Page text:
I don’t feel qualified to give writers advice, but I would say this – something I have learned is to ‘write the book of your heart.’ I don’t refer to romance when I say that. I mean a book in any genre.
Write it YOUR way and stuff all the technical lectures about ‘what editors want’ that you have been fed. As you become more experienced at writing you realize that a good deal of the time, editors DON’T know what they want, but they’ll know it when they see it, i.e. it has to be a book that grabs them.
If you don’t write with your emotions lying naked and pulsing blood with each sentence, the reader (not to mention an agent or editor) will pick that up right away. It’s a long apprenticeship that we writers endure, so understand that you must bleed and give, give, give.
Also, get yourself several critique partners, either online or locally. Be prepared to take the rough with the smooth. If you have several, their varying opinions may help you see your work more clearly. There can be danger in having only one crit partner, because you may be swayed in the wrong direction for YOUR writing. Always assume ownership of your writing. Take their advice pleasantly and quietly ditch it if you know it is inappropriate. And if you strike a derogatory and difficult crit partner, wriggle out of the relationship. Life is too short to waste time on people who might damage your ability to write.
Judging Contests: This is a great way to read other people’s books for free! More importantly, from a selfish point of view, it is an excellent way to improve your own writing skills. You can think, ‘Ooh…that doesn’t sound right. I would have put something else there.’ Or perhaps you have been asked to judge in a genre you haven’t read before. It may open your eyes to see that the genre you were totally uninterested in can be thrilling and challenging. It might even prompt you to try to write in that genre yourself.
Remember you are judging, not critiquing, when you judge the work of others. Don’t try to rewrite excerpts in your own style except as a quick example. Contests now are very varied e.g. some ask for an outline and the first chapter; some may want the first 50 pages; some want two columns to a page etc. It is up to the contest co-ordinator to check out if the entry falls within the rules of the contest. As a judge, don’t worry about whether the font is one of the required ones; don’t nitpick if the writer has a tendency to use capital letters for a particular item that doesn’t need capitalizing.
As a judge, your job is to be impartial and also to encourage newbie writers. A handful of kind words will encourage the entrants a lot more than a sharp, negative phrase. I’ve received some really nice cards and thank-you notes from entrants in the past and I’ve been thankful that I aimed for constructive criticism e.g. ‘You say you are aiming this book at Dorchester. May I suggest that your style is more in keeping with Avon?’
Every year I am one of a big bunch of judges for the STALI (singe title and loving it) and the VPA (the Valerie Parv Award) in Australia. The VPA is intended more for beginners and as a judge I am very conscious that I might put off forever some budding author. At the same time, they need to know that some of their techniques are unacceptable to most publishers so the judge treads a fine line… But these contests have opened the doors for many a budding writer and they are IMPORTANT.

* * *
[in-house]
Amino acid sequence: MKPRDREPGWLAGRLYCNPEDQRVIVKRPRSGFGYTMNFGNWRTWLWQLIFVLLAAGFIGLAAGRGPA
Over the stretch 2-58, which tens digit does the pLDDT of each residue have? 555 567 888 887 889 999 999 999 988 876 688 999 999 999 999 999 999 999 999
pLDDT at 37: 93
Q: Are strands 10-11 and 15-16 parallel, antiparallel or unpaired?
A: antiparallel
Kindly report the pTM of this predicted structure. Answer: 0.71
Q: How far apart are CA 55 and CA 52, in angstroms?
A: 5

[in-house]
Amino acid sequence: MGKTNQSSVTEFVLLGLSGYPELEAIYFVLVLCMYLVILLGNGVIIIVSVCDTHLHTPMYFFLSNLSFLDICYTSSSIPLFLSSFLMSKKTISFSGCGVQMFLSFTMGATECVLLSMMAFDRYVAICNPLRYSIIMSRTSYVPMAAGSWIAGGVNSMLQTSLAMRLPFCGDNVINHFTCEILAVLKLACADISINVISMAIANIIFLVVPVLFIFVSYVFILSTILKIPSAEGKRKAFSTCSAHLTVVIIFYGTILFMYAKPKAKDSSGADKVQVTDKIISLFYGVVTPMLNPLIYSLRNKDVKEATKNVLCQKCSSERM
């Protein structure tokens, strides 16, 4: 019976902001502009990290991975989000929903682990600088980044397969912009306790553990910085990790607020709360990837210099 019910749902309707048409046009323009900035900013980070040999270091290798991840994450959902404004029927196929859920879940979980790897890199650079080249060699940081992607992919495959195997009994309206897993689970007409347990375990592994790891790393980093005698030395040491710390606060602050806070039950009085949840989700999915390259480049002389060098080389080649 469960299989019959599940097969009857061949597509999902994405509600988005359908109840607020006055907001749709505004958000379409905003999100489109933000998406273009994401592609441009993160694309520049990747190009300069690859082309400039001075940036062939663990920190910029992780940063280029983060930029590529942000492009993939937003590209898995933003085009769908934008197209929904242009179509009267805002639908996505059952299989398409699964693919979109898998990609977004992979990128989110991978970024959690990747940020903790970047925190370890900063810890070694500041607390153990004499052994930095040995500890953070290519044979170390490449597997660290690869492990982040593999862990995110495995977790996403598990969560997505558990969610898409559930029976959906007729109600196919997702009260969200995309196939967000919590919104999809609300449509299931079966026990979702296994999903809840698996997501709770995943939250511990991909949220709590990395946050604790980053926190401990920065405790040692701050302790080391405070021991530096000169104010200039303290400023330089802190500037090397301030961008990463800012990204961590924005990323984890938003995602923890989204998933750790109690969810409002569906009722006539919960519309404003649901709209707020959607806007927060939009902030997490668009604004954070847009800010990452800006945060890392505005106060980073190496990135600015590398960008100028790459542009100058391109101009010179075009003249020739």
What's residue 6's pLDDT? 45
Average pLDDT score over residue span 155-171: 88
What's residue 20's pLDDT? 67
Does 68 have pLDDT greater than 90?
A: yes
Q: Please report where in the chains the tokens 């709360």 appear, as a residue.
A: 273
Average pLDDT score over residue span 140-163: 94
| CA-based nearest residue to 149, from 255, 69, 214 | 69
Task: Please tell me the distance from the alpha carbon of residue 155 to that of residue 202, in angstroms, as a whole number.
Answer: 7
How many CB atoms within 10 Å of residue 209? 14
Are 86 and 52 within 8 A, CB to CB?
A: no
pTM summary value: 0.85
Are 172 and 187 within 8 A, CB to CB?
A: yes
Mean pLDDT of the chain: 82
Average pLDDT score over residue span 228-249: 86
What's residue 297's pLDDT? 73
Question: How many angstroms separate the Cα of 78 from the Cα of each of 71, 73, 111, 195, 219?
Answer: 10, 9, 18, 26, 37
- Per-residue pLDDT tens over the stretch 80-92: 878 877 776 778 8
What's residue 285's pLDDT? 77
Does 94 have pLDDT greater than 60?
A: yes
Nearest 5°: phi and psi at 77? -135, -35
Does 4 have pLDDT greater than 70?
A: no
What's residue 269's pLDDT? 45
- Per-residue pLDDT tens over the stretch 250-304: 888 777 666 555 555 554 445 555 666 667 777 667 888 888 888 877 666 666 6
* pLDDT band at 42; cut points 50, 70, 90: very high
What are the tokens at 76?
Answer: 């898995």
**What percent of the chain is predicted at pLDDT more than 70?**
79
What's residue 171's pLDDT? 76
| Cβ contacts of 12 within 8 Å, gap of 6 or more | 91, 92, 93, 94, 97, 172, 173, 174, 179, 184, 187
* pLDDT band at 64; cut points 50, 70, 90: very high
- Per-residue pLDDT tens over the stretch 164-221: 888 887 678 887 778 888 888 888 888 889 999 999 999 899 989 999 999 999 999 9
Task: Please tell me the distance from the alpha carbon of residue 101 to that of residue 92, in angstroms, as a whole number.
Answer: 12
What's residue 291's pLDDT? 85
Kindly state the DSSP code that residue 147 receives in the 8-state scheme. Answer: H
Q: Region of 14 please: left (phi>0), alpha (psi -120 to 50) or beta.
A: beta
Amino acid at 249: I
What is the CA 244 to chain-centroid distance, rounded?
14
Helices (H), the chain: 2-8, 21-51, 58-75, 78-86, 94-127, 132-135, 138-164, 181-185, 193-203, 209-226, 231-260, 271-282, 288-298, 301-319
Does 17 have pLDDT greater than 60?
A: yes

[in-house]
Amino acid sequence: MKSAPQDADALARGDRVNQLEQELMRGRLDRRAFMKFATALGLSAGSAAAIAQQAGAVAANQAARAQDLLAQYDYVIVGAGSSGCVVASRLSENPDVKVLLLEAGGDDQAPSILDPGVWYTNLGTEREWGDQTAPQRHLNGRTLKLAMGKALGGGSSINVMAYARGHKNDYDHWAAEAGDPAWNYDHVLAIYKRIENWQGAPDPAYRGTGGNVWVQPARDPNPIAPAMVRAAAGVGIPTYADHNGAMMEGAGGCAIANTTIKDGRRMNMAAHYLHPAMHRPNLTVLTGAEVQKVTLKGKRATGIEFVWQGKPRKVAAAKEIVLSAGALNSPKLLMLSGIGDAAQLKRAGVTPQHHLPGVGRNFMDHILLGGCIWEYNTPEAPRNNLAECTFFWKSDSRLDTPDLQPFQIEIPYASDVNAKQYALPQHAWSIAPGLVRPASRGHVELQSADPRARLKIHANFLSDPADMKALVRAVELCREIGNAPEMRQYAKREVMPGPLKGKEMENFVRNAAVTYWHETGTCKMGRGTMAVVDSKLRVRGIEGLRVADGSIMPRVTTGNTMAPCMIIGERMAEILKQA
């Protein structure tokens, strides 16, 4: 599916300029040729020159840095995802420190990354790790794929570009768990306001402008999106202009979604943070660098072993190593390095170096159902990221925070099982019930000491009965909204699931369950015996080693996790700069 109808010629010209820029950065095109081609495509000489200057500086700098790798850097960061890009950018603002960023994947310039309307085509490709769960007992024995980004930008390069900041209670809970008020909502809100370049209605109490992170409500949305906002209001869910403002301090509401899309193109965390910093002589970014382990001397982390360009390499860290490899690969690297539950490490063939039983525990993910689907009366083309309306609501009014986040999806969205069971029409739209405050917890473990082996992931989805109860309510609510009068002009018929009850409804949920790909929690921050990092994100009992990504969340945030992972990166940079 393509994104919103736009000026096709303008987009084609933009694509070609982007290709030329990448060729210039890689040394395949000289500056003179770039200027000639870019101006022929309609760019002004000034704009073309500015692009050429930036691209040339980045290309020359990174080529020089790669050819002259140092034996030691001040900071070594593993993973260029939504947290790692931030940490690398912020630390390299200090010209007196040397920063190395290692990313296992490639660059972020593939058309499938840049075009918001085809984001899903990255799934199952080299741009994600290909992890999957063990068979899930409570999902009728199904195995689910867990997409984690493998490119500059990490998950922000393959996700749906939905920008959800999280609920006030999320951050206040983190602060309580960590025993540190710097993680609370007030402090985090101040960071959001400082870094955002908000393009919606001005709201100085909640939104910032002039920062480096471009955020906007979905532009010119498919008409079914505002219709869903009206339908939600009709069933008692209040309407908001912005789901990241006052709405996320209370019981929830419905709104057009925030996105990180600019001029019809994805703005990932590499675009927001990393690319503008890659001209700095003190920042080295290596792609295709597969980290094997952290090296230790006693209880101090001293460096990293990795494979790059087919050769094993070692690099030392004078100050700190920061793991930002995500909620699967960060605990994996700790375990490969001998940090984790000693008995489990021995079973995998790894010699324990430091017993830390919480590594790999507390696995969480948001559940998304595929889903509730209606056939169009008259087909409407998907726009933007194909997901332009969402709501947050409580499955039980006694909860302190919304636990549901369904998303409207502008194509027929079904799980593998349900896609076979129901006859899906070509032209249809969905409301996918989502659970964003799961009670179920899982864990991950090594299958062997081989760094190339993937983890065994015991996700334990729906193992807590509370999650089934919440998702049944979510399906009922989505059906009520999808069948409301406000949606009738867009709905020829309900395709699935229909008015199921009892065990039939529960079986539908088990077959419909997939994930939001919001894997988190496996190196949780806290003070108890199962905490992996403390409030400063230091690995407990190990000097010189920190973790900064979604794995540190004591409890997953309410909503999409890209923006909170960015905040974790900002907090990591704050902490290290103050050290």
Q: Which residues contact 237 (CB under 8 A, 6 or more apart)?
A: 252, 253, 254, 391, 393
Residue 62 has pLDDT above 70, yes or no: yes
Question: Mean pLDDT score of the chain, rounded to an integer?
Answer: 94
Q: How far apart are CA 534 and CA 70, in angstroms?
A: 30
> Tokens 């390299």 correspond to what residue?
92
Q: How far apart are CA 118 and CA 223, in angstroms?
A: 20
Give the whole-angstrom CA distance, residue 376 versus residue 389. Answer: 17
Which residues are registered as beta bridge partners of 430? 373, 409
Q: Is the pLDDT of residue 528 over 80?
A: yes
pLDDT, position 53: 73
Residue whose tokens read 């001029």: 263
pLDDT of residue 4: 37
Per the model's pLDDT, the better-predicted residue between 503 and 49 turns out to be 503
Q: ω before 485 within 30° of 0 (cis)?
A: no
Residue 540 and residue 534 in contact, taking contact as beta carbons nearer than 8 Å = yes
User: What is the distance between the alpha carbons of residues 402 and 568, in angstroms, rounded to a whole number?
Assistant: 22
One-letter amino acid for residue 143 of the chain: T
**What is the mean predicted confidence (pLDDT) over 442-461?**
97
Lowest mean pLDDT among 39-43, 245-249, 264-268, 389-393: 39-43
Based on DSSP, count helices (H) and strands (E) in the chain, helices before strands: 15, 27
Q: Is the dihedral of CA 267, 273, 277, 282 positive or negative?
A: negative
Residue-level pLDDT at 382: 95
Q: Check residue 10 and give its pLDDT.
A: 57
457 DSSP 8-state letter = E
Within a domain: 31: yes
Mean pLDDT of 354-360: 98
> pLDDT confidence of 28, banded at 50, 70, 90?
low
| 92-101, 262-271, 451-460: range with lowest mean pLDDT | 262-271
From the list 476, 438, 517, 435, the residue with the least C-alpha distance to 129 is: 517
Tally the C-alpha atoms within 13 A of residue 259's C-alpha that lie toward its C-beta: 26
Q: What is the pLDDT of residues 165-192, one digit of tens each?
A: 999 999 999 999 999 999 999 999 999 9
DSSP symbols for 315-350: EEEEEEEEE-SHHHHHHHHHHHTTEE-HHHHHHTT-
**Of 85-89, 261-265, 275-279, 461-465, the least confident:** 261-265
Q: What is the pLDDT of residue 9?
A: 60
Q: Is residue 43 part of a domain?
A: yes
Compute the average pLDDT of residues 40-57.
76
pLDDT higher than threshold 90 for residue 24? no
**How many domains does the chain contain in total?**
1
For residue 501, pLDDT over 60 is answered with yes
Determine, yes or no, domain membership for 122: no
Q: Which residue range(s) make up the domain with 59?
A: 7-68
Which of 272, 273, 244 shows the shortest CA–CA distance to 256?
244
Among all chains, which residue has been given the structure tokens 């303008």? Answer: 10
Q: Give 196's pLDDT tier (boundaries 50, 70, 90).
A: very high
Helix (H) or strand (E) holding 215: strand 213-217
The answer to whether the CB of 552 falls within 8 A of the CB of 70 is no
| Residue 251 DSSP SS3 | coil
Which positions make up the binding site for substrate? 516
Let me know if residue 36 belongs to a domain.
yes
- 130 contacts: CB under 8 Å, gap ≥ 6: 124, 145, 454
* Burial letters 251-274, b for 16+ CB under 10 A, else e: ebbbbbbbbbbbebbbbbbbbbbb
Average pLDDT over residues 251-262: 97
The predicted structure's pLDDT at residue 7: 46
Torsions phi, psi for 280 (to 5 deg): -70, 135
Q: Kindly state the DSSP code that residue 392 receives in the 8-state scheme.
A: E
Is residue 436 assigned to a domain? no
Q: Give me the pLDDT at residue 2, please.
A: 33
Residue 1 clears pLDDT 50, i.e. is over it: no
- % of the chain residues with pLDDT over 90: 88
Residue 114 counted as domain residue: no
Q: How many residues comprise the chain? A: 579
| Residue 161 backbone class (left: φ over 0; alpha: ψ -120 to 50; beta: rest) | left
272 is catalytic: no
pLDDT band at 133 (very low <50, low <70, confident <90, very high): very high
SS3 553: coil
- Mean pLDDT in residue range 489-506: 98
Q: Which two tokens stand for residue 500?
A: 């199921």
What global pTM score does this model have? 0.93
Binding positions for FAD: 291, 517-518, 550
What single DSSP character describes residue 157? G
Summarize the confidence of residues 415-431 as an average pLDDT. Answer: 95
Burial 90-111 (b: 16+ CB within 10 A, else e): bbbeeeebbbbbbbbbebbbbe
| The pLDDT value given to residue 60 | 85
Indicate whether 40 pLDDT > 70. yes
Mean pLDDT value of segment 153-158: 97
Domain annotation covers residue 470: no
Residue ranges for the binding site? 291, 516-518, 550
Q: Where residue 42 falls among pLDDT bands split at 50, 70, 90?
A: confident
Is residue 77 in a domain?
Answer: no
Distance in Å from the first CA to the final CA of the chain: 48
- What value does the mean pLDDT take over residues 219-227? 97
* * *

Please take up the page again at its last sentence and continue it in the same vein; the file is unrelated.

Yes, I find judging very rewarding. Heck, I’ve derived some of my better ideas out of judging. Something someone has written has lit a flashbulb in my head and I’ve been able to construct a whole character around that idea. Also, I enjoy judging. I’ve always liked helping people in their work, one of the reasons I enjoyed h.r. so much.
Try it and see. As a writer, either published or unpublished, judging is one of the most rewarding things you can do.
Now – forget the lecturing. Below are some handy websites for readers and writers. Some give advice on how to write a query letter, others show you how to get the best out of your research:
I did an interview about the Regency era and a 'discussion' with the heroine of DANGEROUS HOMECOMING:
This site gives you the bases of names and their nationalities.
It also has a random name generator especially for writers and screenwriters. Very handy.
If you wish to join a loop for Regency readers and writers, go to: yahoo.com/group/TheRegencyReader/join
http://www.britishempire.co.uk/timeline/19century.htm Excellent for relating your writing and reading to various historical occurrences.
www.georgianindex.com. Everything you ever needed to know about the Georgian era.
www.rasley.com. Alicia’s site is a miracle for readers and writers. Loads of information, online courses and references with kernels of hard, gritty truth buried among all that useful stuff.
www.dellejacobs.com. This lady’s site reflects her personality. Her son has devised a website that is very ‘Delle.’ She is an indefatigable researcher and has a wealth of general writing experience.
www.annegracie.com. Anne writes Regencies and dispenses very, very useful advice to writers on her website – stuff like writing the dreaded synopsis and how to avoid abrupt switches in point of view so as not to confuse the reader. A vibrant and hard-working Australian with a heart of gold.
http://lisagardner.com. Yup, not only are Lisa’s suspense books chilling and enthralling, her website is one of the best. She advises on how to write stuff like query letters, blurbs, synopses – all the creepy things that freak out writers, any writers, not just suspense writers.
www.oldbaileyonline.org This is fascinating reading for followers of crime and punishment in Britain through the ages.
thebeaumonde.com/resources/the-regency-reader The Beau Monde, a specialty chapter of the Romance Writers of America®, is a community of Regency writers, both published and unpublished, who specialize in the Regency genre.